Auto-cpufreq – CPU Speed and Power Optimizer for Linux Systems

Last updated: June 22, 2022

Auto-cpufreq is an open-source command-line utility based on Python under the GPL 3.0 license. The tool monitors your CPU and prints metrics on the terminal such as the CPU usage, and frequency & temperature of each CPU core. Additionally, it monitors the state of your battery, system load, and turbo boost management.

In this guide, we explore the monitoring tool - auto-cpufreq - a CPU speed and power optimizer.

Why do you need auto-cpufreq?

The auto-cpufreq tool automatically optimizes your CPU and battery power in both persistent and temporary state. In so doing, it keeps your Linux system in a perfectly functioning state and prolongs your battery life without compromising on anything.

Let's now shift gears and see how you can install this useful tool across various Linux distributions.

Installing auto-cpufreq

There are two ways that you can go about installing auto-cpufreq: Installing from source and installing using snaps. Let's take a look at each of these two.

Installing auto-cpufreq from source

To install from source, first, clone the git repository as shown

git clone https://github.com/AdnanHodzic/auto-cpufreq.git

Next, navigate into the cloned directory and build from source as shown:

cd auto-cpufreq && sudo ./auto-cpufreq-installer

This command will install all the necessary Python packages. Also in the course of the installation, the installer will require you to confirm the installation by pressing 'I' on the keyboard as shown:

auto-cpufreq installer output

Thereafter, additional packages such as  lm_sensors for monitoring the temperature of CPU cores and hddtemp for smart monitoring of the hard drive temperature will be installed. The output below confirms that the installation is successful.

auto-cpufreq successfully installed

Installing auto-cpufreq using snaps

The other way of installing the auto-cpufreq tool is installing from snaps. A snap is a compressed file that contains a software package alongside all its libraries and dependencies. Snaps are nowadays preferred to the traditional package managers due to seamless installation of packages since dependency issues have been taken care of.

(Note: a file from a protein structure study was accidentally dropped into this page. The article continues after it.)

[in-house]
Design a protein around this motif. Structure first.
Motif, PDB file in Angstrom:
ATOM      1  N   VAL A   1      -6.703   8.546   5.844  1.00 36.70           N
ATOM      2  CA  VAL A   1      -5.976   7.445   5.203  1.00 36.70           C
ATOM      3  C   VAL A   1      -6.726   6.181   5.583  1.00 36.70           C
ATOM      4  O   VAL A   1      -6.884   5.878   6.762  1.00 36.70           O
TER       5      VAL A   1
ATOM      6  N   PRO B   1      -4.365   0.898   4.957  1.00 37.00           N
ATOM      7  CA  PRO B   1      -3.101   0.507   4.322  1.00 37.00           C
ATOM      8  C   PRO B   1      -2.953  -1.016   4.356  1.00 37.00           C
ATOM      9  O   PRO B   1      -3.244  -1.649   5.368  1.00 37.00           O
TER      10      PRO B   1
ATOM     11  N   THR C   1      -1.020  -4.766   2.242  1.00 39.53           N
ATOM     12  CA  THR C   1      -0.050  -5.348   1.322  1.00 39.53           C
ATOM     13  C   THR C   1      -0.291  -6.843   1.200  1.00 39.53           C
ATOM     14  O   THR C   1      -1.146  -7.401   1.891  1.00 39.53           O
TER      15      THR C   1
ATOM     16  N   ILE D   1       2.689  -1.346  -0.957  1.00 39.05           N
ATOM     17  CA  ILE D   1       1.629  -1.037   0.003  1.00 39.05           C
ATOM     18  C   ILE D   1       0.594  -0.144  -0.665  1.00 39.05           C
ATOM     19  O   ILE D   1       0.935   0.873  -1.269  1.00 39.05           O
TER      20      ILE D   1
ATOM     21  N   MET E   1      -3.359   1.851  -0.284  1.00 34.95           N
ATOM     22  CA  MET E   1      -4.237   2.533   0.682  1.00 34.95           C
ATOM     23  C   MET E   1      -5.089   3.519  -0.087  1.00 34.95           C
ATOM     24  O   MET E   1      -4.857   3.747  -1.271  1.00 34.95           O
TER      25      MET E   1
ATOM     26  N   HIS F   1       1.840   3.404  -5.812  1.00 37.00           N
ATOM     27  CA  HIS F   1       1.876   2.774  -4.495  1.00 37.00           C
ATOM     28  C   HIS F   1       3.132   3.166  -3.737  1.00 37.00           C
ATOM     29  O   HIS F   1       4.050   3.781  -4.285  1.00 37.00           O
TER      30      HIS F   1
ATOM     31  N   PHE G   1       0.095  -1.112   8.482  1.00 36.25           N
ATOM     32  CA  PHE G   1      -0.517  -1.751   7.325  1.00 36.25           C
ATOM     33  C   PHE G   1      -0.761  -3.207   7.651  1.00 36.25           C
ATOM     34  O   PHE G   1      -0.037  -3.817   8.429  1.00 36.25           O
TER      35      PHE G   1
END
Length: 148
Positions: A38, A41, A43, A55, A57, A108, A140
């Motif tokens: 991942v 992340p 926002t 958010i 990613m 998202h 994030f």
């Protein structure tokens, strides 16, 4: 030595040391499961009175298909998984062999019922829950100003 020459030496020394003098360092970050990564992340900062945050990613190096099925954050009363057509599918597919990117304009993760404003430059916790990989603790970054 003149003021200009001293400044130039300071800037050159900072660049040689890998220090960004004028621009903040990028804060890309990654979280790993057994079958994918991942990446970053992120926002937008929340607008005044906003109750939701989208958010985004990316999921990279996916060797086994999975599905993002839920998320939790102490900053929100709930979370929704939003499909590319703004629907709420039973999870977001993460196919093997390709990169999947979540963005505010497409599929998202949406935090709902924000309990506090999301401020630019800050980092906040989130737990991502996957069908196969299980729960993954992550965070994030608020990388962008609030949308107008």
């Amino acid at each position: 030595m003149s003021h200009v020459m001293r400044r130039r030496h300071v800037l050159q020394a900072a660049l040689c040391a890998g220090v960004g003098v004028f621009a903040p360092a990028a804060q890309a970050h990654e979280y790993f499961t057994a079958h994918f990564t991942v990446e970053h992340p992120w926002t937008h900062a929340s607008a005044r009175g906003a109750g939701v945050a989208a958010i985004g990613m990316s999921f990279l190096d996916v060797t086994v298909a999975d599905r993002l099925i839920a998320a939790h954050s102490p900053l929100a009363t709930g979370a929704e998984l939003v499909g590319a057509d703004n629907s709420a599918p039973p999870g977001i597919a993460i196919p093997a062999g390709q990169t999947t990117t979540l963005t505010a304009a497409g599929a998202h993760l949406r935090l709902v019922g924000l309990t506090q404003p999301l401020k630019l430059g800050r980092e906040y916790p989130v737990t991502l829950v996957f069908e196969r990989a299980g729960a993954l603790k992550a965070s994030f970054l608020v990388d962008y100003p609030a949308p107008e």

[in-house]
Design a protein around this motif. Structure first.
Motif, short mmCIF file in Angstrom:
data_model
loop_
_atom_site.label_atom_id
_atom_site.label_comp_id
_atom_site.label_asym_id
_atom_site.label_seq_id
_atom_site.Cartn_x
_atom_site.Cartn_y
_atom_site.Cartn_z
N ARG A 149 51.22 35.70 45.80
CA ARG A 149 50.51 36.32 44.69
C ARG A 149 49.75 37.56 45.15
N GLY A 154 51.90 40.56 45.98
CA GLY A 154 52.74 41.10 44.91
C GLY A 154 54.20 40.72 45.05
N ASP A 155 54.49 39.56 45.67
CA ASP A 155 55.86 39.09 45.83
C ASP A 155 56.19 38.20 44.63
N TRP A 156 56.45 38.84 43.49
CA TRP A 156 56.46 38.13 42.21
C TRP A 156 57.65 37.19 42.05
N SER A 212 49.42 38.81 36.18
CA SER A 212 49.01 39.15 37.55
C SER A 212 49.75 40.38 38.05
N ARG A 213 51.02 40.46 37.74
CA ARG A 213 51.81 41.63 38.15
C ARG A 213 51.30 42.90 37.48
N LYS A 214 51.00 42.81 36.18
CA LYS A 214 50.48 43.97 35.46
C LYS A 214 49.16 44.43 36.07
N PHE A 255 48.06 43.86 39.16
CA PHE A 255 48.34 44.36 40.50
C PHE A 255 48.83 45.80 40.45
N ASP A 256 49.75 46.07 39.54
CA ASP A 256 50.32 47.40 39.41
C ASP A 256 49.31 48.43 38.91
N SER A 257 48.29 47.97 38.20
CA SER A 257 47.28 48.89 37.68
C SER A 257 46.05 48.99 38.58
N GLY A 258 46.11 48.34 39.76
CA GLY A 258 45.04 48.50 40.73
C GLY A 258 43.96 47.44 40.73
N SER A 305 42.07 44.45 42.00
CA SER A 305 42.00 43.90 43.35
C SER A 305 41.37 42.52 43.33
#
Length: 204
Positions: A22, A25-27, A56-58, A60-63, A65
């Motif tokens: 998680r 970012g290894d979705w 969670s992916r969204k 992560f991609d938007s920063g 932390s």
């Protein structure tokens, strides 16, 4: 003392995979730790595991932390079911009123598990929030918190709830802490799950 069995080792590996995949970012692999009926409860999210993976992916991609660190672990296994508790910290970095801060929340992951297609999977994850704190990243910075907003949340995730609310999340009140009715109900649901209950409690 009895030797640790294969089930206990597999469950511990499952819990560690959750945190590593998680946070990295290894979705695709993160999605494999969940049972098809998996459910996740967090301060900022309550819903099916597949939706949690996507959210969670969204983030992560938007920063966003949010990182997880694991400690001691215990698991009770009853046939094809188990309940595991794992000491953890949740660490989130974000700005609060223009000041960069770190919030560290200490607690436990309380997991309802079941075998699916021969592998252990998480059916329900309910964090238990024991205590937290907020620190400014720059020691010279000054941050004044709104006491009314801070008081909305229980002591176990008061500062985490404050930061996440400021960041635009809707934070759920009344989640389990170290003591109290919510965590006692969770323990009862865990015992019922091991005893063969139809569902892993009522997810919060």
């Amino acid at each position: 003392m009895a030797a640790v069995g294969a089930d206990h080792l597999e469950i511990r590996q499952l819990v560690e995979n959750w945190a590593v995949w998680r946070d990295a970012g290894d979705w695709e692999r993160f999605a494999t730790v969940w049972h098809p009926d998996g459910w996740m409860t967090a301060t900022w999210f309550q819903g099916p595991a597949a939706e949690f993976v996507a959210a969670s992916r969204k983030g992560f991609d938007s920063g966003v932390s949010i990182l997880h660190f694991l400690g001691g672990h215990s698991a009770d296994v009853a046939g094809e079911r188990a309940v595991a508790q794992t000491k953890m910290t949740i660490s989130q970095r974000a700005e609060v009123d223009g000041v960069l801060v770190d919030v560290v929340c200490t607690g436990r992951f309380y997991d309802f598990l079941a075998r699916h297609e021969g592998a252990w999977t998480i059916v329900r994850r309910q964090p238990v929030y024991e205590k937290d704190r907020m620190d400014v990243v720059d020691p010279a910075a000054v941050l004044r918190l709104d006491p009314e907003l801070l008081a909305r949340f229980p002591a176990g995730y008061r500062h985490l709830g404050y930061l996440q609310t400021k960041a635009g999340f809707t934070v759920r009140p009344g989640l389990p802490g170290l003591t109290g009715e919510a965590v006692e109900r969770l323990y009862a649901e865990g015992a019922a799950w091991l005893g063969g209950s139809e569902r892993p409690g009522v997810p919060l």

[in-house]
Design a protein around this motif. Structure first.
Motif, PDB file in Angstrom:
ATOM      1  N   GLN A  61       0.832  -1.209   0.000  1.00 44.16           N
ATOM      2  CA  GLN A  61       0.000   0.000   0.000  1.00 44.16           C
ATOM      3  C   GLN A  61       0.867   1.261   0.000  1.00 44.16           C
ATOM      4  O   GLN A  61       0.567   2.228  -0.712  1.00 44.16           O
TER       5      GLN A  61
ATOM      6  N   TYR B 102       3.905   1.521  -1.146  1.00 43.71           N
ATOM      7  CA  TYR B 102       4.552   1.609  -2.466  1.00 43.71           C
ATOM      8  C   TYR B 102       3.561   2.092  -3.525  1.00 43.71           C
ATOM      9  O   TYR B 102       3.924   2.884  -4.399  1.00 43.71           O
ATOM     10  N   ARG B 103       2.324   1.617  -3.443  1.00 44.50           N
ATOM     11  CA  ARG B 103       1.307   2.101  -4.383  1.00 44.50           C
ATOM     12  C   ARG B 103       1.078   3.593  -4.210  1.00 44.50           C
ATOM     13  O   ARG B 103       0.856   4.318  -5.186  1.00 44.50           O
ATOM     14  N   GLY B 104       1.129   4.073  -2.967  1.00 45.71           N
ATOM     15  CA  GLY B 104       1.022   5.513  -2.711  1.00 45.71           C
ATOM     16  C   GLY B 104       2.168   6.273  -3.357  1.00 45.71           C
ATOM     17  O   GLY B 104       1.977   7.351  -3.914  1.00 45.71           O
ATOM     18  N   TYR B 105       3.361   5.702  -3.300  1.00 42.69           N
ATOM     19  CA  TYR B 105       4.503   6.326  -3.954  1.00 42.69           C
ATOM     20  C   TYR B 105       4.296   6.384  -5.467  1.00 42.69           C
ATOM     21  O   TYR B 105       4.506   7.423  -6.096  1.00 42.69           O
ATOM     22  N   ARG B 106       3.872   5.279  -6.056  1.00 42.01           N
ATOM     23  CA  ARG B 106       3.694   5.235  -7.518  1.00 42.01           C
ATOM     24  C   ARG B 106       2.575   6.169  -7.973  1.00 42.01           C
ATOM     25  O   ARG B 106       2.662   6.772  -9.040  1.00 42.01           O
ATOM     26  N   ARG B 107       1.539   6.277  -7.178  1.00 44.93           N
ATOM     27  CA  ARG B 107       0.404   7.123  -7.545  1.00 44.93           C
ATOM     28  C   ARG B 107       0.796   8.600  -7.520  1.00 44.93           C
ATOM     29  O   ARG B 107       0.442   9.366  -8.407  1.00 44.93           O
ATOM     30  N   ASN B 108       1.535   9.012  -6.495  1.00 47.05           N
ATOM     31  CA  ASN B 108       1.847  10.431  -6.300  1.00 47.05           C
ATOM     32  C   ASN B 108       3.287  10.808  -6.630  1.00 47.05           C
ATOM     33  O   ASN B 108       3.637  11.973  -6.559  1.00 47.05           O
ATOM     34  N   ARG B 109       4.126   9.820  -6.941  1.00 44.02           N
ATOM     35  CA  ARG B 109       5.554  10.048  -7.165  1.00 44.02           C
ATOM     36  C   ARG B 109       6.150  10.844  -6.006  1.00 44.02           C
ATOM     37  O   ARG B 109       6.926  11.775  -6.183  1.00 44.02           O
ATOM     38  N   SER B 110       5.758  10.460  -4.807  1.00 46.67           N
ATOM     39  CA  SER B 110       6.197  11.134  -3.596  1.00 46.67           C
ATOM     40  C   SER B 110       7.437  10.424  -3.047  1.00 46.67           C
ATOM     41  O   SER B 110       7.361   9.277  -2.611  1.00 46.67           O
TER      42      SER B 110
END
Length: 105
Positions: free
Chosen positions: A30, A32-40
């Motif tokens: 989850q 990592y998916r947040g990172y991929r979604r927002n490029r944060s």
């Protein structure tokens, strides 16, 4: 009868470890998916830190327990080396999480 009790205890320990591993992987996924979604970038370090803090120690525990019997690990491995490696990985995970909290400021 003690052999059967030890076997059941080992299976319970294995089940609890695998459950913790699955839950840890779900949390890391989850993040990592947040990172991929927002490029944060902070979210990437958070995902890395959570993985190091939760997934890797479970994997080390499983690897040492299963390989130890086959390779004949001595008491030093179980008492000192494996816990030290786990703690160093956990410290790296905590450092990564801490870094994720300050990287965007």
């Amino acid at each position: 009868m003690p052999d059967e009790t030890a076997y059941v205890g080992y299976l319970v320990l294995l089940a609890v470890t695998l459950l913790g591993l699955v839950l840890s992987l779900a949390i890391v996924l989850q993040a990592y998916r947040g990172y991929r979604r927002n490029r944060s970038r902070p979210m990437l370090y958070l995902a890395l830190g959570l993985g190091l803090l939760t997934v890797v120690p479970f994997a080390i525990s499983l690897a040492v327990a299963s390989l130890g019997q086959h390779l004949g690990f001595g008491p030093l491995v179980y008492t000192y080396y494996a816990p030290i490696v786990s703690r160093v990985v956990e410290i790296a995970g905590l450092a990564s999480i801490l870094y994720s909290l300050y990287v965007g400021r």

Ubuntu / Mint / Debian

For Ubuntu flavors from Ubuntu 16.04 (Xenial Xerus) and later releases such as  Ubuntu 18.04 (Bionic Beaver) & Ubuntu 20.04 (Focal Fossa), Snap comes already installed. To install auto-cpufreq, run the command:

sudo snap install auto-cpufreq

For Linux Mint, Debian and older versions of Ubuntu, first install the snapd package as shown:

sudo apt update

sudo apt install snapd

Then finally install auto-cpufreq by running:

sudo snap install auto-cpufreq

CentOS Stream /  RHEL

Snap is available for both CentOS Stream + and RHEL 7.6+ from EPEL repository. Therefore, first add the EPEL repository on your system.

sudo yum install epel-release

Next, install snap as shown in the following command:

sudo yum install snapd

Next, enable the snapd daemon

sudo systemctl enable --now snapd.socket

Thereafter, create a symbolic link between /var/lib/snapd/snap and /snap:

sudo ln -s /var/lib/snapd/snap /snap

Finally, to install auto-cpufreq, invoke the command:

sudo snap install auto-cpufreq

Fedora

For Fedora, install snapd as shown and restart your system

sudo dnf install snapd

Next, create a symbolic link between /var/lib/snapd/snap and /snap:

sudo ln -s /var/lib/snapd/snap /snap

And once again, to install auto-cpufreq, run:

sudo snap install auto-cpufreq

You can check the installation steps for other distributions from the Snapcraft store.

How to run auto-cpufreq

To start using the auto-cpufreq tool, open your terminal and execute:

sudo auto-cpufreq

You will be presented with 3 modes that you can use to run the tool with:

Monitor mode:

In this mode, no changes are made to the system. The user only gets a sneak preview of what the tool can do on your system.

sudo auto-cpufreq --monitor
auto-cpufreq monitor mode

Live mode:

In Live mode, the required tweaks are made to your system temporarily and are lost upon a reboot. This simulates how a system would run if the changes were to be permanently implemented.

sudo auto-cpufreq --monitor

Install - auto-cpufreq daemon

In this mode, the auto-cpufreq is deployed as a daemon using the following command:

sudo auto-cpufreq --install
auto-cpufreq install as daemon

You can verify the status of the daemon by running:

sudo systemctl status auto-cpufreq

Thereafter, necessary modifications are made which eventually persist across reboots. To have a look at the logs, run the command:

sudo auto-cpufreq --log

Conclusion

In this guide, we have examined auto-cpufreq - a CPU speed and power optimizer for Linux systems.

Let us know how your experience using the tool in the comment section. Thanks.

About The Author

James Kiarie

James Kiarie

James is a certified LPIC Linux administrator and passionate Linux technical writer. He has over 4 years of penning down technical guides in Linux administration with ample experience in a range of distributions such as Ubuntu, CentOS, RHEL, Fedora, Rocky, and AlmaLinux to mention a few. In addition, he has also spread his wings wider to cloud computing and DevOps tools such as Terraform, Docker, and Kubernetes. During his free time, I love swimming, listening to music, reading books, and taking evening runs after a busy day.

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